Stocks tumbled Tuesday in the devastating aftermath of Hurricane Katrina, which slammed the Gulf Coast, pounded hotels and casinos, constricting oil refinery capacity and leaving insurers to cover losses estimated as high as $26 billion.
While major indexes gained Monday when the storm weakened, Wall Street’s spirits sank Tuesday after the nation’s top disaster relief official called the hurricane “catastrophic” and stocks in affected sectors continued to drop, with insurers and gaming companies hit especially hard.
“This is the kind of reaction everyone expected yesterday,” said John Caldwell, chief investment strategist for McDonald Financial Group, part of Cleveland-based KeyCorp.
Crude oil futures briefly rose past $70 a barrel in morning trading with fears that already tight refinery capacity would be further constrained, since at least eight Gulf Coast refineries in the hurricane’s path shut down or reduced operations. The Coast Guard said seven rigs are adrift in the Gulf of Mexico.
Notes released from the Federal Reserve’s last policy maker meeting further aggravated Wall Street. The notes signaled that rate hikes could continue into 2006 and said inflation had “ticked up” since the policy makers’ previous meeting but indicated they decided not to accelerate the pace of short-term interest rate hikes “for now.”
The Dow Jones industrial average finished the day down 50.23 points, or 0.5 percent, while the broader Standard & Poor’s 500-stock index fell 3.87 points, or 0.3 percent. The Nasdaq composite index fell 7.89 points, or 0.4 percent.
Bonds soared after the Federal Reserve notes were released, with the yield on the 10-year Treasury note down to 4.10 percent from 4.17 percent late Monday.
New Orleans is an important coffee port; coffee prices were sharply higher on commodities markets. Prices for other commodities, including cotton and soybeans, also rose as the storm headed toward farmers in the Ohio Valley.
Natural gas prices climbed as companies with a Gulf Coast presence said they had either shut down or cut back operations there. The increases in energy costs and commodity prices sparked inflation fears.
“Seventy dollar oil is the point where you start to get a bit more nervous,” said Ed Keon, chief investment strategist with Prudential Equity Group in New York. He said oil and refinery companies were likely to “invest like crazy” to increase supply, while consumers and companies started using less energy to reduce demand.
“My guess is eventually we’ll see prices start to come down again, but I don’t know that anyone knows when we’ll see that happen.”
Insurance stocks sagged again as damage estimates varied widely. Hartford Financial Services Group fell 19 cents to $73.15; Allstate Corp. fell 54 cents to $56.64 and MetLife Inc. fell 43 cents to $48.69.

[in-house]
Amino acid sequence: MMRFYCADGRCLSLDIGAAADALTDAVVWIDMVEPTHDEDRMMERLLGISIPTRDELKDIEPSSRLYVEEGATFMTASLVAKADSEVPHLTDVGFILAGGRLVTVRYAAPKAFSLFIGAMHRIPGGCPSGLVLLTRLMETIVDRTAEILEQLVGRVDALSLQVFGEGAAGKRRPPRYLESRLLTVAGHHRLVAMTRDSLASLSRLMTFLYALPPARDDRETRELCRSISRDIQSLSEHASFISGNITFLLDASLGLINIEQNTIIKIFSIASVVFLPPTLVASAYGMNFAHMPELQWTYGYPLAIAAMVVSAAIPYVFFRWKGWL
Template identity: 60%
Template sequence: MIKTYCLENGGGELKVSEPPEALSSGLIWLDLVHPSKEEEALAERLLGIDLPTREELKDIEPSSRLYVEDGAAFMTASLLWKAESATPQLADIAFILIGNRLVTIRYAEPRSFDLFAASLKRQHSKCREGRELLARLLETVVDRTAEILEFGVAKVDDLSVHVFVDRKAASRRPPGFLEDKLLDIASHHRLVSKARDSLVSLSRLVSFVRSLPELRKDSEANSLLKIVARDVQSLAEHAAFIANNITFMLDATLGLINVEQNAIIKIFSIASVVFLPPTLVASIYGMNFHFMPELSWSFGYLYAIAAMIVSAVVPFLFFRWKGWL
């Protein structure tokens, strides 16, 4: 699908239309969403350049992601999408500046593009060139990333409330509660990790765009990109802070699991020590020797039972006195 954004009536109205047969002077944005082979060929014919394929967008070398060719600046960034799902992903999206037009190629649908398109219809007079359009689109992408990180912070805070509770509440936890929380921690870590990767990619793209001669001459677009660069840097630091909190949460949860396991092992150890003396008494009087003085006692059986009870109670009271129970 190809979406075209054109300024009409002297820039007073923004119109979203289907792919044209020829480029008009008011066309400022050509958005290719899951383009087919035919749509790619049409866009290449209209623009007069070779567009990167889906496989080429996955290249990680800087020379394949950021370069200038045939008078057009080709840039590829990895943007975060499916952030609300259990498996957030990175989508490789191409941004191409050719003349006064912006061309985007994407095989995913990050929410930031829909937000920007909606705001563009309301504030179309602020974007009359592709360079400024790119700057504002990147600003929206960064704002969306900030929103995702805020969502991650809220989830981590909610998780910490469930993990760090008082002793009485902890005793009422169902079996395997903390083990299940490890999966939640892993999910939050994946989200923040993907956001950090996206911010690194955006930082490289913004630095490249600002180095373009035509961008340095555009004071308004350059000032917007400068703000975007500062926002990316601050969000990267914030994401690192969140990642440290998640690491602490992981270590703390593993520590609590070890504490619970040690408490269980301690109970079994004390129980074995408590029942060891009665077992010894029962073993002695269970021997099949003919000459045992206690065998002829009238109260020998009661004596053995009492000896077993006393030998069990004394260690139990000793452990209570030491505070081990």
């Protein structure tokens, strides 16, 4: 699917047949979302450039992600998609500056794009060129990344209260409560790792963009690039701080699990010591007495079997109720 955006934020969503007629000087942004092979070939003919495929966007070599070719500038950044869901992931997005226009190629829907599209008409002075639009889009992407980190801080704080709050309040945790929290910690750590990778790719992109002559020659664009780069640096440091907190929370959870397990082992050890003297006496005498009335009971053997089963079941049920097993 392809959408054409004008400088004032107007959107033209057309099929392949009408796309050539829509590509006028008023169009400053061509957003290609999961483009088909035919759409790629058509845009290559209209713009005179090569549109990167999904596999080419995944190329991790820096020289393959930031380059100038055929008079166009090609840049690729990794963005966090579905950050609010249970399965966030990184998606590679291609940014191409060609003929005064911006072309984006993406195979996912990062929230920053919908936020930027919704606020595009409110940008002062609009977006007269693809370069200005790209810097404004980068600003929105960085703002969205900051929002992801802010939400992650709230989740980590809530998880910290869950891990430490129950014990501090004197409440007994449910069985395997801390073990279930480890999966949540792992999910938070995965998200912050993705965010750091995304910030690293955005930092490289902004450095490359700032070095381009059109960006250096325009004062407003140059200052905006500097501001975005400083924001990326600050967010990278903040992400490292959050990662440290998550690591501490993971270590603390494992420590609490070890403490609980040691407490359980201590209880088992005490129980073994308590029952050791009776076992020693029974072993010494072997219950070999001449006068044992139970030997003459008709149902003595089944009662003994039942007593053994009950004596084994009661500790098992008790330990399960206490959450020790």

The already troubled airline sector, which has been buffeted by labor troubles, pension costs and high oil prices, drooped. AMR Corp. fell 71 cents to $12.69; Northwest Airlines Corp. fell 25 cents to $4.82 and Delta Air Lines fell 7 cents to $1.20.
Oil companies continued to trade higher. Chevron Corp. rose $1.03 to $60.54; ConocoPhillips rose $1.34 to $64.41. Valero Energy Corp. rose $4.91 to $96.79 after shareholders of Premcor Inc., one of the nation’s largest independent refiners, apparently agreed to be purchased by Valero. Premcor fell $8.32 to $73.29 before shares were delayed until the final merger vote can be tallied.
Some gaming stocks fell again as casino operators assessed the damage to their Gulf Coast properties, which included reports of some casinos being swamped with water to the third floor. Pinnacle Entertainment Inc. fell 72 cents to $21.35. Isle of Capri Casinos Inc. fell 65 cents to $22.87.
Wal-Mart Stores Inc. fell 46 cents to $45.19 after it said 123 of its 3,725 stores were closed by the hurricane. Investors also feared higher gasoline prices could curtail shoppers’ spending.
Other retail stocks slid. The International Council of Shopping Centers said Tuesday that sales decreased for the fourth straight week. Retailers are reporting August sales on Friday and the market is not optimistic.
In company news, labor leaders say Boeing Co. and the Machinists union remain far apart just days before the Machinists’ contract is to expire on Friday. Boeing fell 84 cents to $66.74 after labor leaders warned of a possible strike at the Chicago plane manufacturer. Boeing submitted a revised offer to the union late Monday that increases payments to workers but that union leaders said did not do enough to address key issues.
Abercrombie & Fitch Co. fell $3.93 to $53.80 after it said President and Chief Operating Officer Robert S. Singer is leaving after only 15 months on the job, due to a difference in approach over the teen retailer’s plans for international expansion. The company reaffirmed its guidance for full-year income between $3.10 and $3.30 per share on projected sales of about $2.7 billion, including a one-time charge recorded in the third quarter related to Singer’s severance package.
Ford Motor Co. fell 2 cents to $9.75 after the company said it plans to fire 400 U.S. salaried employees by the end of this year as part of a restructuring plan, the first time in 30 years that Ford has forced out so many white-collar workers.
Overseas, Japan’s Nikkei stock average gained 1.16 percent. In Europe, Britain’s FTSE 100 rose 0.53 percent, Germany’s DAX index fell 0.43 percent and France’s CAC-40 was down 0.11 percent.